Andrew Bansal (courtesy of the Metal Assault website)


There are musicians, there are multi-talented artists, and there are rebels with a cause. New York native Marla Mase comfortably fits all three categories and many more. Besides also being a fierce advocate for women empowerment, this energetic mother of two is an accomplished playwright. In fact, writing for the stage is what Mase is trained to do: her healthy résumé features an MA in Writing and Performance from the New York University. She put her mastery of this particular form of art to good use, scripting a number of plays, including The Canarsie Line, a sold-out show performed at the beginning of 2002 at the Bank Street Theatre. Another of her pieces, ‘A Brief Night Out’ (BNO), metamorphosed into the album that heralded Marla’s arrival on the music scene. It is when, on the recommendation of a friend, she began focusing her energies on penning lyrics. Not long after that she hooked up with guitar maestro and genius producer Tomás Doncker, a fellow New Yorker, and the rest, as they say, is history.

Which is not to say that BNO is where it all began for Mase musically. By the time they were pulling out her milk teeth she had sang in a local talent show and was falling in love with the piano, but the meeting with Doncker marked the start of Marla’s journey as a recording artist and the first-fruits of this relationship was Speak. This angry, unapologetically eclectic offering hit the streets in February 2013 and immediately cast Mase as a crusader who would not be restrained by the boundaries of genre. One of the defining cuts on this album was “Piece of Peace”, a cry for peace which she wrote for a UN Global Peace Day concert in Linzhou, China. Speak had critics describing her as a “complicated artist, but one who is very human and easy to relate to” and set the tone perfectly for her follow-up Half-Life. Like its predecessor, Half-Life was released on Doncker’s True Groove production house.

The opener of this eight-track offering, “Drown In Blue” tears its way into your conscience with snarling guitars and frenzied drums. After you’re sufficiently primed for frantic moshing, Marla begins to purr about her efforts to flee from the blues by living life on the fast lane. You can catch your breath on the title track, a jazzy, downtempo cut designed to induce a bit of introspection. Perhaps there should be a highway sign to warn you of the punk flare-up on minute 1:30. But there is none, and the guitars subside just as suddenly as they started, giving way to a brief spoken word session. Marla then bares her soul in theatrical reflections of her life over a quirky track that could have qualified as pop-rock were it not for the horns and all the chaotic sound effects stirred into it. The results probably would have been dismal if the author and performer was not Marla Mase. But in the NY native’s hands this conglomeration of sounds comes out as a fun accompaniment for banal chores.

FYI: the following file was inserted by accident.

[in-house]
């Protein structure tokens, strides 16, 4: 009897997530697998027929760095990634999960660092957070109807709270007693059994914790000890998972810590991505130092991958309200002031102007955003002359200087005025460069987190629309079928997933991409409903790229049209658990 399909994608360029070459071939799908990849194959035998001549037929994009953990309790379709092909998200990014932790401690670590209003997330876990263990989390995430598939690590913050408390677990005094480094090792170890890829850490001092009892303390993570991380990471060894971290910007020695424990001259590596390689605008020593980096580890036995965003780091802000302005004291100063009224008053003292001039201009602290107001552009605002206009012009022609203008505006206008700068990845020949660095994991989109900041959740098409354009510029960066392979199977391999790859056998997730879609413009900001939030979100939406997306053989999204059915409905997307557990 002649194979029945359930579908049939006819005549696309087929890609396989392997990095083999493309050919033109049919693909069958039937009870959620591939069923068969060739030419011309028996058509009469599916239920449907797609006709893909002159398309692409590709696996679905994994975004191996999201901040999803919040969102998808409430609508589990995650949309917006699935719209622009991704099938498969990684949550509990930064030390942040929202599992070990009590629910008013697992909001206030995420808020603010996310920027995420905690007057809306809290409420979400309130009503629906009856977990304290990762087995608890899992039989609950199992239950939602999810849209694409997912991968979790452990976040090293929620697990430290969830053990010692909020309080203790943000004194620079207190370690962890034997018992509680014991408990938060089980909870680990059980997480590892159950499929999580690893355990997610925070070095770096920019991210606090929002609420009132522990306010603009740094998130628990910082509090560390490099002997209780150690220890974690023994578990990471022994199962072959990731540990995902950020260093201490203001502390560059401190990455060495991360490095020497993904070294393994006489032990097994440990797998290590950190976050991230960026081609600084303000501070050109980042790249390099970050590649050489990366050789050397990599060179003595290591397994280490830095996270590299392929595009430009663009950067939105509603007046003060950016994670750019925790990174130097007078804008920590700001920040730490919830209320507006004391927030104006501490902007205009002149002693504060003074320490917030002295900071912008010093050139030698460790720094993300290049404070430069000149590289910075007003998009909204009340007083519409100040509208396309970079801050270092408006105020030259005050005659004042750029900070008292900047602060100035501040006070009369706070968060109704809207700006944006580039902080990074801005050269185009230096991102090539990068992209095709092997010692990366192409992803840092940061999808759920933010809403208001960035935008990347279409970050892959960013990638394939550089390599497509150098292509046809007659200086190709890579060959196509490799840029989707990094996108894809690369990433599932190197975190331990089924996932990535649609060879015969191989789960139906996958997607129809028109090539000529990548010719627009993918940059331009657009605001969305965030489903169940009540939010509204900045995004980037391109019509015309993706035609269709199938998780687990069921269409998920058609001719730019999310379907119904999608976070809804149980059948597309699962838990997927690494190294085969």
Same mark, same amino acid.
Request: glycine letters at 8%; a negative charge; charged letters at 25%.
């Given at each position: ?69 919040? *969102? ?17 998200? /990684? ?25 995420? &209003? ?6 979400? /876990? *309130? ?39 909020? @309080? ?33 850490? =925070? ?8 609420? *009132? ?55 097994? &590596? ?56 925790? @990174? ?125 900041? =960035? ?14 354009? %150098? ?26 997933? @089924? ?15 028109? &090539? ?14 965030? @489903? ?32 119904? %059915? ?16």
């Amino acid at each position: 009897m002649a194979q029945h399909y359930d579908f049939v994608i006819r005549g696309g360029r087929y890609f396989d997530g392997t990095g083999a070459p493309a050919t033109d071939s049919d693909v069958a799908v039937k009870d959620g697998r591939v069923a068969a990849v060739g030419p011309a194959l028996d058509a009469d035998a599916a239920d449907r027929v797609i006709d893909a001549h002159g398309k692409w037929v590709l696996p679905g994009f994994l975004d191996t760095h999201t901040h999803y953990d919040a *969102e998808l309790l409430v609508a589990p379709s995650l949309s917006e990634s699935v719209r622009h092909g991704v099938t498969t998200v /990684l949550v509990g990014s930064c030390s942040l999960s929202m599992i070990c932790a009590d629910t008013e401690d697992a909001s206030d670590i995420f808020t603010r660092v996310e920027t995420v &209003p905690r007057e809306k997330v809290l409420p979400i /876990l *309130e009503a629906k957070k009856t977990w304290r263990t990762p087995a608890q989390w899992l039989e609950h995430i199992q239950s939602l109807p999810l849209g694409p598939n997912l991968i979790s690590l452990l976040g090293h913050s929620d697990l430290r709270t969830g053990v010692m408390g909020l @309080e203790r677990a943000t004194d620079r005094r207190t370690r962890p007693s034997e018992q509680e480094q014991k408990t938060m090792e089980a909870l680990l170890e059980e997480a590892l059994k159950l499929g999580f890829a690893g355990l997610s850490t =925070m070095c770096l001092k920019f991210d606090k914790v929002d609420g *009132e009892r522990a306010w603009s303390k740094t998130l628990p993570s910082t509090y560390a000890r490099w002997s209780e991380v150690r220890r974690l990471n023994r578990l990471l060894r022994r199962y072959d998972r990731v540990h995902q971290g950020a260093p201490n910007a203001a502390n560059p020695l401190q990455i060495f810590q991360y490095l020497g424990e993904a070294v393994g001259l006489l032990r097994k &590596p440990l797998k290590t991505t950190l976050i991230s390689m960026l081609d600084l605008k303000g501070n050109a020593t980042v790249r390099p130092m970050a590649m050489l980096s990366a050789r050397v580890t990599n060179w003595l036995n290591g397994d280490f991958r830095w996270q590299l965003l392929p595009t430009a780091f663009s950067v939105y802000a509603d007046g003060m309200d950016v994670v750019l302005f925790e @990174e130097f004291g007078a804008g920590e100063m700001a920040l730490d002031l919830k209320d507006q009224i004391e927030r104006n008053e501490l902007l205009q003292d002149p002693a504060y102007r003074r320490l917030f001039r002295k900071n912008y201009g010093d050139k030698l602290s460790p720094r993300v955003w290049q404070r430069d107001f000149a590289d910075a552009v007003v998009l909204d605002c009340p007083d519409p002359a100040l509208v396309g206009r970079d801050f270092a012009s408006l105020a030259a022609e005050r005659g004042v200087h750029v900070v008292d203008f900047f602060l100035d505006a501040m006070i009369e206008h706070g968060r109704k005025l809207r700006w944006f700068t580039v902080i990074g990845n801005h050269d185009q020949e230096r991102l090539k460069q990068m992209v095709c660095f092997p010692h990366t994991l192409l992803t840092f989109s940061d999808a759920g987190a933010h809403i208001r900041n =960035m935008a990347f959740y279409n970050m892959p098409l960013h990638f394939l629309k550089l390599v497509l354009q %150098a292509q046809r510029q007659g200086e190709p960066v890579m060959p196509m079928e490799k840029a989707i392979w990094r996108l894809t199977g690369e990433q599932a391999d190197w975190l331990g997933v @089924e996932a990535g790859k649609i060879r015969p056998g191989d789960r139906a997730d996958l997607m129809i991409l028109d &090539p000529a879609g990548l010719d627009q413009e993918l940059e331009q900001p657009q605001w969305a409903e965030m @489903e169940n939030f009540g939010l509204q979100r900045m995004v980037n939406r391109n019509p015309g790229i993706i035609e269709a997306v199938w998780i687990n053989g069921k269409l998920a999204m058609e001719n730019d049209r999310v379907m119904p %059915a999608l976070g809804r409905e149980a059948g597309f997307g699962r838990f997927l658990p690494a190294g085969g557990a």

Again you’re called to meditation and reflection on “The Heart Beats” and you can feel the bonfire crackling and coyotes whining as Marla recites her poetry in a haunting, breathy tone. Bass drums are pounded in a hypnotic rhythm, interrupted only by faded guitar notes distorted almost beyond recognition. You might want to have some marshmallows handy for this one.

Of the octet of songs, the most readily classifiable as radio fodder is “Gaping Hole”. Even here, Marla stays true to herself with deeply personal lyrics depicting a dissatisfied soul searching for something to fill a gaping void. If Marla wished to close out this album with a reminder of her versatility, she couldn’t have done it better than with the jazz-infused “Hold Fast Your Dreams”. Buoyed by gently caressed cymbals, a subdued baseline and dollops of nostalgic piano, Mase whispers words derived from Louise Driscoll’s poem with which the song also shares a title.

Phil Kimm courtesy of the RockRevolt Magazine website)